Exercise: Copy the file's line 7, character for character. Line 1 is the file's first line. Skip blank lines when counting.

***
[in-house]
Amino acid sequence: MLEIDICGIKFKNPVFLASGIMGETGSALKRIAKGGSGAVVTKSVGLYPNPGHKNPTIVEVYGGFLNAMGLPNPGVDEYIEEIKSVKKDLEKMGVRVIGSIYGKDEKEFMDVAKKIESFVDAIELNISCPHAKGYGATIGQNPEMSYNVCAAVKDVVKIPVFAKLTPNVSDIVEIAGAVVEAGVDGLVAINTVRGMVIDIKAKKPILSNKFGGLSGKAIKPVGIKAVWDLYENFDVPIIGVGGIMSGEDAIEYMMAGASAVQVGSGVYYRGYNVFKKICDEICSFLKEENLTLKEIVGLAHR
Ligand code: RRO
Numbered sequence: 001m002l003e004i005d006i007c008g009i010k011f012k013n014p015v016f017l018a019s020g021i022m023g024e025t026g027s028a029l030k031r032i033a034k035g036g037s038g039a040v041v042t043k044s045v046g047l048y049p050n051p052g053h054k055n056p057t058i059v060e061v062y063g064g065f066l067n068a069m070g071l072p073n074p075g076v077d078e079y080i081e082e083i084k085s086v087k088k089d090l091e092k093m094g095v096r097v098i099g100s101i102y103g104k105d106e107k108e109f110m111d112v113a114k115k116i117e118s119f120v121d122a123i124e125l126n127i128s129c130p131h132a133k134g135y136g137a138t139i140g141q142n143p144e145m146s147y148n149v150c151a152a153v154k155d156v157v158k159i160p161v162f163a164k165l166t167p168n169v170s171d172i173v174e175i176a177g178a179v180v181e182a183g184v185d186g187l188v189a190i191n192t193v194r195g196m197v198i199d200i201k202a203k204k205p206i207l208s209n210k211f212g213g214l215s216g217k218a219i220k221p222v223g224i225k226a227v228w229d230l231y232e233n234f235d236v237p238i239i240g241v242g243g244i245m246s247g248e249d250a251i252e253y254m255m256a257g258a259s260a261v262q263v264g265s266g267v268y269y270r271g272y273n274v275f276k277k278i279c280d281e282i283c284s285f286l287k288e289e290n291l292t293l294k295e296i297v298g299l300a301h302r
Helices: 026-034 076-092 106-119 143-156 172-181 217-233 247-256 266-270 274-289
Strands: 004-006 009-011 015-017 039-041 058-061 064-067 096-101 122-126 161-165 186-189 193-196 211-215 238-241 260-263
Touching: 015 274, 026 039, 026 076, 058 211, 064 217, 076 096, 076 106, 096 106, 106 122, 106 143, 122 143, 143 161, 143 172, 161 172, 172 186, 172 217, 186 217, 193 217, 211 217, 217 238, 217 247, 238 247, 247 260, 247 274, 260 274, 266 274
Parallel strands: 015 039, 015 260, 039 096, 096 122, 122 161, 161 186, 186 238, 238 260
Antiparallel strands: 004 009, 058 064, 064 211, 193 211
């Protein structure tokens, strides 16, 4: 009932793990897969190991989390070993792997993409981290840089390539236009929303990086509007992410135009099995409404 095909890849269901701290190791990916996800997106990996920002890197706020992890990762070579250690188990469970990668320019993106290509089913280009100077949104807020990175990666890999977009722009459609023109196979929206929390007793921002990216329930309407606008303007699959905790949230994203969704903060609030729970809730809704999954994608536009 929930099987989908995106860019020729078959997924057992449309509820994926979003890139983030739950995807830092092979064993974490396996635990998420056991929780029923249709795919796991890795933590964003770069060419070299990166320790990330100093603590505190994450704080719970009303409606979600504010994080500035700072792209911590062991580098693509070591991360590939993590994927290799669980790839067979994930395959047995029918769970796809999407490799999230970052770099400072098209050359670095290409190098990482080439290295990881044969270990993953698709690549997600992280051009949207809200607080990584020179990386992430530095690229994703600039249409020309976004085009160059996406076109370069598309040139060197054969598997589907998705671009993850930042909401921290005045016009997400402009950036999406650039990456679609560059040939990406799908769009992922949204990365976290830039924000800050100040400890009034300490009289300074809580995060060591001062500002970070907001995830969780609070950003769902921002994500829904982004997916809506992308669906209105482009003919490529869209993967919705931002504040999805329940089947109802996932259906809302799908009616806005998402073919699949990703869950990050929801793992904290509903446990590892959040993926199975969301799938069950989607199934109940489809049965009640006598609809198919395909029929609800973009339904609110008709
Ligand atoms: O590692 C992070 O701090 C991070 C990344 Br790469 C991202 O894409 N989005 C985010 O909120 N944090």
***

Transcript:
Touching: 015 274, 026 039, 026 076, 058 211, 064 217, 076 096, 076 106, 096 106, 106 122, 106 143, 122 143, 143 161, 143 172, 161 172, 172 186, 172 217, 186 217, 193 217, 211 217, 217 238, 217 247, 238 247, 247 260, 247 274, 260 274, 266 274